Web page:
Wednesday, June 27, 2007
Calvin & Hobbes in the Classroom
The Japanese love comics. Half their bookstores are devoted to “manga,” which means comics. The English textbook my schools use contains a reading passage about Japanese Comics. Before class Kanno Sensei asked me if I wanted to share about American comic books. I immediately thought of Bill Watterson’s Calvin & Hobbes.
I explained about newspaper strips in the United States and their significance and mentioned Peanuts, Snoopy being recognizable and popular in Japan. I then presented comic strips with no words and easy English that I thought the students could read. These proved difficult to find, because Calvin is known for his big vocabulary! To help the kids relate to the unfamiliar boy and his tiger companion, I compared him to his Japanese counterpart, Kureyon Shinchan.
Like Calvin, Shinchan is a boy who drives his parents crazy with rudeness, crazy antics, and misbehavior. By Japanese standards, Shinchan can be quite outrageous, at times offending more traditional folks. On the TV version he moons everyone at least once a week.
Luckily the kids took to the idea of Calvin as the American Kureyon Shinchan. Unfortunately, they seemed more interested in which Japanese manga and anime (cartoons) were popular in the USA than Calvin & Hobbes. They found some of the prints quite funny though. A few kids asked for more after class. I happily obliged.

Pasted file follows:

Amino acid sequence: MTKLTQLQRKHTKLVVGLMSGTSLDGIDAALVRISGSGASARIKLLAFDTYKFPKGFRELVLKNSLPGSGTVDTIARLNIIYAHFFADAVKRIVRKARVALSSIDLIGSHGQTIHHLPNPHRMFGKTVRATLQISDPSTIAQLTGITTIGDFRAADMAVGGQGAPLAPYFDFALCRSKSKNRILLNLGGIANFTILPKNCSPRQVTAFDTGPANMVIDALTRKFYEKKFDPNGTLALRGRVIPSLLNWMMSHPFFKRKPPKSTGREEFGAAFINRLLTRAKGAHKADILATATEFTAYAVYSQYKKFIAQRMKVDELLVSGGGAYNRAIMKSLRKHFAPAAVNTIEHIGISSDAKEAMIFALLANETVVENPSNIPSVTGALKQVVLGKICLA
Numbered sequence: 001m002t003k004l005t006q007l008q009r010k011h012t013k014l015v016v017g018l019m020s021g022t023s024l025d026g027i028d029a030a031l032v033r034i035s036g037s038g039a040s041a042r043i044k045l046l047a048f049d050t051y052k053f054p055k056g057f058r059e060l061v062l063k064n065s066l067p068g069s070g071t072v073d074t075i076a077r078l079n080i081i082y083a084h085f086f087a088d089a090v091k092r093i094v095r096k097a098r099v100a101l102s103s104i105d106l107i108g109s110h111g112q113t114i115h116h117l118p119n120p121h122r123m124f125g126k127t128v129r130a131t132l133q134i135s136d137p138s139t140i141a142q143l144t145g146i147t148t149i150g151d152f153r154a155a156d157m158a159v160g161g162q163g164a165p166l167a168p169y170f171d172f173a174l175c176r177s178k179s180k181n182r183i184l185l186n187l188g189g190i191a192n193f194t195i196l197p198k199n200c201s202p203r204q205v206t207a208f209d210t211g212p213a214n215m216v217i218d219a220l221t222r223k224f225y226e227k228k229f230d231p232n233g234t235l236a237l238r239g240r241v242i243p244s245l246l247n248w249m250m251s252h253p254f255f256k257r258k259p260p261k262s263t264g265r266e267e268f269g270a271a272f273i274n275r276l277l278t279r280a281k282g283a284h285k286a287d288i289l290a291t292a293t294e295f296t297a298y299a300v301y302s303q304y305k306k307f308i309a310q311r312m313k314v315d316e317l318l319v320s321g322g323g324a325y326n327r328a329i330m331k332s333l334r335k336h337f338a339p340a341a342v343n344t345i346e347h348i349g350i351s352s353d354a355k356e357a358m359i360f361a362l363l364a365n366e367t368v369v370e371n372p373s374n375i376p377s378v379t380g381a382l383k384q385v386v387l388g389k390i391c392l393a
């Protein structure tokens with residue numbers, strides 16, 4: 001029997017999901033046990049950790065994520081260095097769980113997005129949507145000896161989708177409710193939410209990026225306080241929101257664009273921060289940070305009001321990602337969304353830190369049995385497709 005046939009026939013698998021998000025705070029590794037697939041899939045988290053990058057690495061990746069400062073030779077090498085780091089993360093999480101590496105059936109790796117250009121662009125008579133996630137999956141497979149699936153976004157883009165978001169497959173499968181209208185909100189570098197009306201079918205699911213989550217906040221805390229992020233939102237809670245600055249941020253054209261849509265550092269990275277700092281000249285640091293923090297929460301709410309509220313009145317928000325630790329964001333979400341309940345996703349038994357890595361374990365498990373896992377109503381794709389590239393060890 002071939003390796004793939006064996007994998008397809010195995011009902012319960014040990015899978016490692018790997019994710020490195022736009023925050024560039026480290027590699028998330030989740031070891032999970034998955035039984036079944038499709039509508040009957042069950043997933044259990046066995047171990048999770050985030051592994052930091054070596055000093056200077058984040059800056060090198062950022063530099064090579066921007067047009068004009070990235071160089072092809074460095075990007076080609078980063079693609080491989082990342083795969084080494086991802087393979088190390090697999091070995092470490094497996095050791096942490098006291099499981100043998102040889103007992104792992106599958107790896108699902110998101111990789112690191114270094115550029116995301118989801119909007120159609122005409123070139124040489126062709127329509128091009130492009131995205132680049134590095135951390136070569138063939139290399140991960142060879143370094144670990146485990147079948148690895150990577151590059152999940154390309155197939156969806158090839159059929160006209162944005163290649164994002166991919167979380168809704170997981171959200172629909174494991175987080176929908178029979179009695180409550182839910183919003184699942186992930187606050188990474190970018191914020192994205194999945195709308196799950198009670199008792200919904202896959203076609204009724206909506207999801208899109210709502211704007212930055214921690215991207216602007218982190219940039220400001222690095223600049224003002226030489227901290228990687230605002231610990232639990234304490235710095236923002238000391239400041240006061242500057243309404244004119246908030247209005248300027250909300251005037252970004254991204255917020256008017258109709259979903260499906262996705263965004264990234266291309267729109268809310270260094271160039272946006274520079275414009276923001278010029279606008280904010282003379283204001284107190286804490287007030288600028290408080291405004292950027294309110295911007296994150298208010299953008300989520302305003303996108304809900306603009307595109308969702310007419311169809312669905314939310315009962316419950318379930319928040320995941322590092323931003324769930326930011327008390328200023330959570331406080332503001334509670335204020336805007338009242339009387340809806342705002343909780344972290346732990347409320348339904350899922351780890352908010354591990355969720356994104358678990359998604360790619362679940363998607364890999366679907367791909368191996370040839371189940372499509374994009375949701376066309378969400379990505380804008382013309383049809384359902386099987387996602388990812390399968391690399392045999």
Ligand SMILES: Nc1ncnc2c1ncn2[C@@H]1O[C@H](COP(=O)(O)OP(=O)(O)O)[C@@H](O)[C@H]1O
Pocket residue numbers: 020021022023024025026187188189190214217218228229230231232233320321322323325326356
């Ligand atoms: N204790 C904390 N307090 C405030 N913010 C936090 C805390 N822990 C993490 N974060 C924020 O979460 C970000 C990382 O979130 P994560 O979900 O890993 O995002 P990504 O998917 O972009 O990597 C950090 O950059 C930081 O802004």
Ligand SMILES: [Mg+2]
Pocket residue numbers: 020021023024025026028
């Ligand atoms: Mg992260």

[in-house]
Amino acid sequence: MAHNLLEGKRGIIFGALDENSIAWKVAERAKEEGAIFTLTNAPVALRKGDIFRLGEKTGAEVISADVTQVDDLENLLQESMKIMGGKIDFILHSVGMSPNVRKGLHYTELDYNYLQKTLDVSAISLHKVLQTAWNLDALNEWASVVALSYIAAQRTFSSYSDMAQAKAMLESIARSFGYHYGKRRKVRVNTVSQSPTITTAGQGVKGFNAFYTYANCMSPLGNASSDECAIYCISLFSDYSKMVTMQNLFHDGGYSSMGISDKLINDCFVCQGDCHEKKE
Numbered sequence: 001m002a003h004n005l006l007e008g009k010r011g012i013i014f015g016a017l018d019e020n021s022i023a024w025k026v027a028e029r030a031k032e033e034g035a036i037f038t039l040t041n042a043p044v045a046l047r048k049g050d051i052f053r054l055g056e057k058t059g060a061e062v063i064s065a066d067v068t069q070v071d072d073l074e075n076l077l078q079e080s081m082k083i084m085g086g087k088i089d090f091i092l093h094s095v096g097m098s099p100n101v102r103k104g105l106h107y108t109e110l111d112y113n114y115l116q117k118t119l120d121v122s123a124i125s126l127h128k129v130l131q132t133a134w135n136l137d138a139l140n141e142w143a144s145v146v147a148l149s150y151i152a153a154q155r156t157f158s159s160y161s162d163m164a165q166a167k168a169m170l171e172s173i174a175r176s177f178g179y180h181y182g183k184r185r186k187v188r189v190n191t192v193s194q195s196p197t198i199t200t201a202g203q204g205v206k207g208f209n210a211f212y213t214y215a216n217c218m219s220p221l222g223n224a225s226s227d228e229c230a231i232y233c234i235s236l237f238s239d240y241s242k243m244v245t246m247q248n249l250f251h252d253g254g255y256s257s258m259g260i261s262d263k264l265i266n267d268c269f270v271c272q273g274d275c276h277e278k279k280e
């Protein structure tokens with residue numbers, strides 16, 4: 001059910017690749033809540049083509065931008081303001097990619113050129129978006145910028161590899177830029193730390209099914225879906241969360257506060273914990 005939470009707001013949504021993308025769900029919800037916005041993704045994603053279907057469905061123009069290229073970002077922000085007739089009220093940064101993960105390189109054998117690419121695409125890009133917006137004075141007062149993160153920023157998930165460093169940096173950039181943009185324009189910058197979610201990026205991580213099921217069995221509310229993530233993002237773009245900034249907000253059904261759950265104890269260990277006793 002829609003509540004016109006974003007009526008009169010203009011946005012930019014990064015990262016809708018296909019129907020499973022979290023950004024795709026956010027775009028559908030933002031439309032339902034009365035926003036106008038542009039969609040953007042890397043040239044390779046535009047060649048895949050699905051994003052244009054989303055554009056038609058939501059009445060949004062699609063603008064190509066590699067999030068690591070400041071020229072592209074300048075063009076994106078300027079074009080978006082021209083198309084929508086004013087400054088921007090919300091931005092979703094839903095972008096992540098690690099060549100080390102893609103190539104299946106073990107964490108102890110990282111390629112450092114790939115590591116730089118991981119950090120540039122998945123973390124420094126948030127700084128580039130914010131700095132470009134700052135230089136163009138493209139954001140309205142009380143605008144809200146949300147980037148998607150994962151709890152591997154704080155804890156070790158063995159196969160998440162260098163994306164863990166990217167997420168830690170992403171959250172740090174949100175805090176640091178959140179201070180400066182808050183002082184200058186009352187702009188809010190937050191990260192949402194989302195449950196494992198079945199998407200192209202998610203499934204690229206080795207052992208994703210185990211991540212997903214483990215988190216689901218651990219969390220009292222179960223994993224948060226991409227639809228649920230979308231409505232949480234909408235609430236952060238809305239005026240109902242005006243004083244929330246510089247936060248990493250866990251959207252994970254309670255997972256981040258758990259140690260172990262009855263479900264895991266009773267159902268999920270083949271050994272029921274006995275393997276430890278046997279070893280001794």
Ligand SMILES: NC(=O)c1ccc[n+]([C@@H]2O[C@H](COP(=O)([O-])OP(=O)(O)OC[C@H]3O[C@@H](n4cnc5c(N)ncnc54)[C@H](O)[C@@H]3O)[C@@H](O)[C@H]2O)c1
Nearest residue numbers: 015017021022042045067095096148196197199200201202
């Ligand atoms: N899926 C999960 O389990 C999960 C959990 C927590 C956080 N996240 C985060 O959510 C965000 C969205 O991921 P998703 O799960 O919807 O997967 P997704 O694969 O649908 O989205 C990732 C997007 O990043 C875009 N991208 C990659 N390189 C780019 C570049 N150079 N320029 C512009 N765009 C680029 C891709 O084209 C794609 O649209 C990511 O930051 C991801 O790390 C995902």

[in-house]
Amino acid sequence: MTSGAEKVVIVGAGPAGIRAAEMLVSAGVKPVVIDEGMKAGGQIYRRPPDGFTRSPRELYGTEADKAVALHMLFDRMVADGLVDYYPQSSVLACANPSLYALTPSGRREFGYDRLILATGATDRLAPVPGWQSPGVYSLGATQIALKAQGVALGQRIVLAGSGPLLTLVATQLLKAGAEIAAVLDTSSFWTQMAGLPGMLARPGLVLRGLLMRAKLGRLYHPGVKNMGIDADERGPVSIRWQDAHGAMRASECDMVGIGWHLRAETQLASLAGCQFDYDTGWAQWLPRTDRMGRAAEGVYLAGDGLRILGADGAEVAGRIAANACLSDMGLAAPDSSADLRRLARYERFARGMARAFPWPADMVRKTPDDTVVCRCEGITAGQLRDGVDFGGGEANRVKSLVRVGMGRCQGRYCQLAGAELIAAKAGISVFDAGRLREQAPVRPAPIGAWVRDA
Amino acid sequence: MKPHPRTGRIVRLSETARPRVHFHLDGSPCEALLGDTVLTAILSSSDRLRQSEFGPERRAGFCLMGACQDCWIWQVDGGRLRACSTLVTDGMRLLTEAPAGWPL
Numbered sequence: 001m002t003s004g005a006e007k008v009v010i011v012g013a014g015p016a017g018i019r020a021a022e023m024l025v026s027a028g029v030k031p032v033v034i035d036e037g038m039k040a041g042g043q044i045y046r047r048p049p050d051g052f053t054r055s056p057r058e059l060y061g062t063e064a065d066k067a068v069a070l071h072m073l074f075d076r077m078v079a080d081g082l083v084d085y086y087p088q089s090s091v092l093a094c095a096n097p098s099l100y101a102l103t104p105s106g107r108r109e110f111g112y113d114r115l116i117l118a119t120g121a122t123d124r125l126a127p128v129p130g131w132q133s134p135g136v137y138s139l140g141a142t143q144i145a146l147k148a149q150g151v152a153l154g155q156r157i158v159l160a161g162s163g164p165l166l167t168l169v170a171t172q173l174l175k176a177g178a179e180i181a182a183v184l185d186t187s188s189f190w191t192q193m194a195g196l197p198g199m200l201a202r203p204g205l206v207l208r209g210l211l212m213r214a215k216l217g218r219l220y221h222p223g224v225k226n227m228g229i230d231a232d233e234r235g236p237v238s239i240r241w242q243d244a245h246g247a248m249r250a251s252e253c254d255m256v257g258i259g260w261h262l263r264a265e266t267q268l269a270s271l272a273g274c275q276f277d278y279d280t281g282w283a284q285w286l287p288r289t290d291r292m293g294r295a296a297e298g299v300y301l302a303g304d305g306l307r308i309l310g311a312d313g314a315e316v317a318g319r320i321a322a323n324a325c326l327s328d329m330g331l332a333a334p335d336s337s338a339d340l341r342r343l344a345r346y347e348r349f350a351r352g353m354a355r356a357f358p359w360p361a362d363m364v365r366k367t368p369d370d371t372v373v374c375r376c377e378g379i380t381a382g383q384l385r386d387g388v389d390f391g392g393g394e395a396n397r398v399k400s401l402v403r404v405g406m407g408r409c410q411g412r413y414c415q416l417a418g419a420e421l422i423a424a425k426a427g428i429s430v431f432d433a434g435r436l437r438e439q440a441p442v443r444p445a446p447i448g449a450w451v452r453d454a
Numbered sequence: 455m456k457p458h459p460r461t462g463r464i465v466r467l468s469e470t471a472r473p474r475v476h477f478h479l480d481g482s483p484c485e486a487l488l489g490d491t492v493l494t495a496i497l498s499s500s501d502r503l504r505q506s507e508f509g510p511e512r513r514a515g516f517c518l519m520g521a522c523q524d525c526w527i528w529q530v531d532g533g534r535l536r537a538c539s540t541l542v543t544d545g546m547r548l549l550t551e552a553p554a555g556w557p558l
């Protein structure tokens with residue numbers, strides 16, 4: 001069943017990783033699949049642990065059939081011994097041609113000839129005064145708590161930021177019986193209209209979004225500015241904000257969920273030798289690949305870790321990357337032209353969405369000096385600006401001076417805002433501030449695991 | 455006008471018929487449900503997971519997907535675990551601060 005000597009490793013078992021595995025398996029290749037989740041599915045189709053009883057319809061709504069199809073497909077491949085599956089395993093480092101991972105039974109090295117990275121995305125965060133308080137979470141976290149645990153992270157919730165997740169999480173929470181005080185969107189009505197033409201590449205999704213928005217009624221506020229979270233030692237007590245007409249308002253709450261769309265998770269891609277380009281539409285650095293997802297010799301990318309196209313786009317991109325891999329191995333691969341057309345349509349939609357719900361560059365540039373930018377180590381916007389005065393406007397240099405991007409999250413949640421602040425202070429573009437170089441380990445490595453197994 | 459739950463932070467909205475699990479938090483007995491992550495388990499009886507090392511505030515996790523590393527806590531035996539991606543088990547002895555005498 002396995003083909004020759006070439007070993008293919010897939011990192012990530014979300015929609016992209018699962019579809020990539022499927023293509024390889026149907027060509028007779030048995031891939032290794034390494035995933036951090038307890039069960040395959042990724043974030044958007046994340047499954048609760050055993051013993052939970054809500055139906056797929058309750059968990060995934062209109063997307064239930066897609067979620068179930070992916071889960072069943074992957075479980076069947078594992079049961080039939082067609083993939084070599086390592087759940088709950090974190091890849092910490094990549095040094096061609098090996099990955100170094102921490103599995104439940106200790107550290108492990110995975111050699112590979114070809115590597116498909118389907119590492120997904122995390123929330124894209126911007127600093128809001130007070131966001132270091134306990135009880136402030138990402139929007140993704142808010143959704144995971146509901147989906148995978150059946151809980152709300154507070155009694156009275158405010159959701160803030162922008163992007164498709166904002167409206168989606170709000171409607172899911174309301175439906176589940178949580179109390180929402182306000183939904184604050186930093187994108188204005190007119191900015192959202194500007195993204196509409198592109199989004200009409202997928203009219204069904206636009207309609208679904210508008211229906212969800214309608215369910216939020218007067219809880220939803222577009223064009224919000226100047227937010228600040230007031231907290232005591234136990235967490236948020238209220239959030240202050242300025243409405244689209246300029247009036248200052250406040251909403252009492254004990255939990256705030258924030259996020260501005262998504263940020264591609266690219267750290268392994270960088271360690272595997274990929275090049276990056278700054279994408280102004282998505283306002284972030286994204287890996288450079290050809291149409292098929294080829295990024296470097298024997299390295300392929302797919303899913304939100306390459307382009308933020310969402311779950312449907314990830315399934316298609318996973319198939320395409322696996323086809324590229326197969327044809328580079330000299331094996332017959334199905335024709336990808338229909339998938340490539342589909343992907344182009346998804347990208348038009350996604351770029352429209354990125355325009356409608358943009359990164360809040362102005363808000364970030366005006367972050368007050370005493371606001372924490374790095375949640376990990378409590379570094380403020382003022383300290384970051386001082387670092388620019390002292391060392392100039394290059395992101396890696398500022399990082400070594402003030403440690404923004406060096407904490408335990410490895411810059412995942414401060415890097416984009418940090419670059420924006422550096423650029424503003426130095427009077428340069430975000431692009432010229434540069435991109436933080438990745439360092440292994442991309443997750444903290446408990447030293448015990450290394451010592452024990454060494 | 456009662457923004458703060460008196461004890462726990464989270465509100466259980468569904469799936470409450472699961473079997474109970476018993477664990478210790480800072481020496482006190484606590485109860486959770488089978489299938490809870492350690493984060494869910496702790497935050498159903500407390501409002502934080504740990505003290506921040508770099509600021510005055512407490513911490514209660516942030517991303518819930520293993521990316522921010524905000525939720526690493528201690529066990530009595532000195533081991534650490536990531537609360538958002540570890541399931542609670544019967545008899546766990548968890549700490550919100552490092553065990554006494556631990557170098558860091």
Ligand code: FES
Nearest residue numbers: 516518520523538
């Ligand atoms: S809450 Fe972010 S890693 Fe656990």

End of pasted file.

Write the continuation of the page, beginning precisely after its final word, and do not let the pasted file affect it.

Kureyon Shinchan might be difficult for American audiences. Without knowing social expectations in Japan, Shinchan wouldn't be very funny. But he's hilarious if you live in Japan. Even if Calvin was heavily marketed, I honestly don't know how well he would be recieved in Japan.
I've decided to include a few Calvin and Hobbes strips for everyone to see. These do not necessarily constitute the best strips, but I think they are all above average.
Also, here's a great website with most, if not all of the Calvin & Hobbes comic strips.
Here's the official daily Calvin & Hobbes website from gocomics.com.